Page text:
To the editor:
My name is Roger Kavanagh and I’m running for a 1-year term on the West Stockbridge Selectboard against Peter Skorput.
I’ve lived in West Stockbridge for almost four years, but I’m not a stranger to the Berkshires. I spent my early years in Chatham, New York, and moved to Great Barrington as a teenager. I’m a Searles High School graduate and an 8-year veteran of the U.S. Air Force. I attended the University of Connecticut after the service (using the GI Bill), earning bachelor’s and master’s degrees in business administration/finance. I spent the next few decades working in project management positions in corporate and government organizations before returning to the Berkshires in 2016. Since moving to West Stockbridge, I have made a point of attending almost every board meeting and have served as a West Stockbridge representative on two different committees.
Attending board meetings for the past few years gave me the incentive to run for the selectboard because I could see how the business processes I’ve used throughout my career are directly applicable to the work of the board.
As a nuclear weapons specialist and crew chief in the Air Force, I learned that my safety and the safety of my team depended on strict adherence to procedural checklists, extreme attention to detail and the ability to calmly assess situations and determine corrective actions. These skills served me well in that environment and throughout my career since then.
In my corporate life, I had a lot of different job titles, but the bulk of my career was devoted to project management. As a project manager and team leader, I worked with diverse groups from all organizational levels who often had conflicting agendas. It was my role to help them to clearly define the problems they were trying to solve and the best solution to address the problem.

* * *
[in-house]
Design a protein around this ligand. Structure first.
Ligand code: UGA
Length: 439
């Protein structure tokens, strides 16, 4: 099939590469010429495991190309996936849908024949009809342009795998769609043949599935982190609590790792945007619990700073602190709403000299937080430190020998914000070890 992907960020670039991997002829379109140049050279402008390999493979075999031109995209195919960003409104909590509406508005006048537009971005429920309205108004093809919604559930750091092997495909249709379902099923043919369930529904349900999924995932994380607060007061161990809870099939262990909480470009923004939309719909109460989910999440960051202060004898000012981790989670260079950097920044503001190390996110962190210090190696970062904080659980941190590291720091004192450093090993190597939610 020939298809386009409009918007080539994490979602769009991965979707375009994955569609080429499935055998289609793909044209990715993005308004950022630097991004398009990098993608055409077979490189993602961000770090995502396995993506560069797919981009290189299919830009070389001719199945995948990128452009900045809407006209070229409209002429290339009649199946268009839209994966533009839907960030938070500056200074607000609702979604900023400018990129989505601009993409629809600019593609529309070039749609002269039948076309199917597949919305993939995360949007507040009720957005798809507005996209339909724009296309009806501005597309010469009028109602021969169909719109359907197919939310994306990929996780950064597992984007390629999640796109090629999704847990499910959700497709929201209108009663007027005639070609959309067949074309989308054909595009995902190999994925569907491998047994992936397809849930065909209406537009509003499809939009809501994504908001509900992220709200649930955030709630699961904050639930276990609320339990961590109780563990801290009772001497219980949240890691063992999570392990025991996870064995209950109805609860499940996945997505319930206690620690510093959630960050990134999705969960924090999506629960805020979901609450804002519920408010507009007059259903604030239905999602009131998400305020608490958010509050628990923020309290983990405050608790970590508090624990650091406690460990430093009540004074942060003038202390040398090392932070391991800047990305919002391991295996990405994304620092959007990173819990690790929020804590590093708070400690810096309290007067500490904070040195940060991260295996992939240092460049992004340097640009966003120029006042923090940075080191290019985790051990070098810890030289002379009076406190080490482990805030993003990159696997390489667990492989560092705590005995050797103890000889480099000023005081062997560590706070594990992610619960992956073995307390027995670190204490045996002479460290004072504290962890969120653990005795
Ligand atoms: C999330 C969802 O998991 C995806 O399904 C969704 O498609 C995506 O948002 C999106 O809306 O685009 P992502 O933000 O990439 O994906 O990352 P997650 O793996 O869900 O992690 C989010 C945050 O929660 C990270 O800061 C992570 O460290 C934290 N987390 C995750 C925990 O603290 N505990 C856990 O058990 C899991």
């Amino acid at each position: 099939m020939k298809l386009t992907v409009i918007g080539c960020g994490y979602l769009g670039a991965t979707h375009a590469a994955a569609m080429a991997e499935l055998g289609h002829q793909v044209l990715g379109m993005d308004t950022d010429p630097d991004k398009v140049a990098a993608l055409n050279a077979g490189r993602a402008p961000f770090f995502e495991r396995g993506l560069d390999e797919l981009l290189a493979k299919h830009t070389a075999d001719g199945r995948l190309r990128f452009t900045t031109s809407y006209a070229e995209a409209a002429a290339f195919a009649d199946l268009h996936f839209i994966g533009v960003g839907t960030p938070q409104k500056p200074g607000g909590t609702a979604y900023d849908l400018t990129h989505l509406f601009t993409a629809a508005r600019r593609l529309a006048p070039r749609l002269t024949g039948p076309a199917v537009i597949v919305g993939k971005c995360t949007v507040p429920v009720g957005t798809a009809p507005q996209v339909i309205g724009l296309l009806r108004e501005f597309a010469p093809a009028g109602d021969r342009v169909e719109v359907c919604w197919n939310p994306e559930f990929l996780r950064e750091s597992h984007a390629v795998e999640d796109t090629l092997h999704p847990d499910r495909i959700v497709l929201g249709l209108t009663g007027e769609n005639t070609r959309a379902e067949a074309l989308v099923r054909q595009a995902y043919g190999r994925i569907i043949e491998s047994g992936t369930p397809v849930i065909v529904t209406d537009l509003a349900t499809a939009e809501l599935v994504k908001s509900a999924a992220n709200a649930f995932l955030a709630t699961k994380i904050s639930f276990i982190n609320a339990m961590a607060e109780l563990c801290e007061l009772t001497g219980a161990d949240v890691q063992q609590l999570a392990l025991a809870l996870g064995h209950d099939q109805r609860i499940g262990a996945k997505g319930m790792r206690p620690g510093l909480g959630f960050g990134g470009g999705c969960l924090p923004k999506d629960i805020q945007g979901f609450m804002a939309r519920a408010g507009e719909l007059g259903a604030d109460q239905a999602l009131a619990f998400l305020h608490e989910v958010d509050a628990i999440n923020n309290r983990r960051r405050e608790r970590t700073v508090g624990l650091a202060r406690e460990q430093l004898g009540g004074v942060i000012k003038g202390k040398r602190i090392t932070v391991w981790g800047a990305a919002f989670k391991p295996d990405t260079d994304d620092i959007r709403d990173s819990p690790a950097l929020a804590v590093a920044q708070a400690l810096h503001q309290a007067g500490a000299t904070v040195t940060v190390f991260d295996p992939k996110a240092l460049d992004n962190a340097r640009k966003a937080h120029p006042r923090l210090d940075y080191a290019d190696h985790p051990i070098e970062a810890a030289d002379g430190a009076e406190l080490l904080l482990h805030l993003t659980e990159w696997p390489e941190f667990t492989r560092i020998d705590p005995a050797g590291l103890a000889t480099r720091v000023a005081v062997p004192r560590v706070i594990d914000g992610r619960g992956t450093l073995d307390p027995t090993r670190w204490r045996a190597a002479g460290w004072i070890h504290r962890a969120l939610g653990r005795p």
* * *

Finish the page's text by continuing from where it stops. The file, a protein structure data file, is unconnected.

The skills I used to help these groups move from problems to solutions — asking questions, listening attentively to answers, helping others clarify positions, diplomatically challenging assumptions, and keeping the group focused on resolving the problem at hand — are the same skills I would bring to my role as selectboard member.
My work in public housing was an eye-opener for me. I was able to see, first-hand, the impact that federal and state government policies had on people and communities and the critical role that local elected officials play in the lives of their constituents. That experience sparked my interest in participating in local government, which led to volunteer assignments on a committee evaluating the future of the Monument Mountain Regional High School building and on another committee evaluating the feasibility of consolidating the Berkshire Hills and Southern Berkshire school districts.
Running for the selectboard is a natural extension of these activities, since it will give me another opportunity to contribute to the place I now call home.
I hope this information will help voters make an informed decision when they vote Monday, June 29.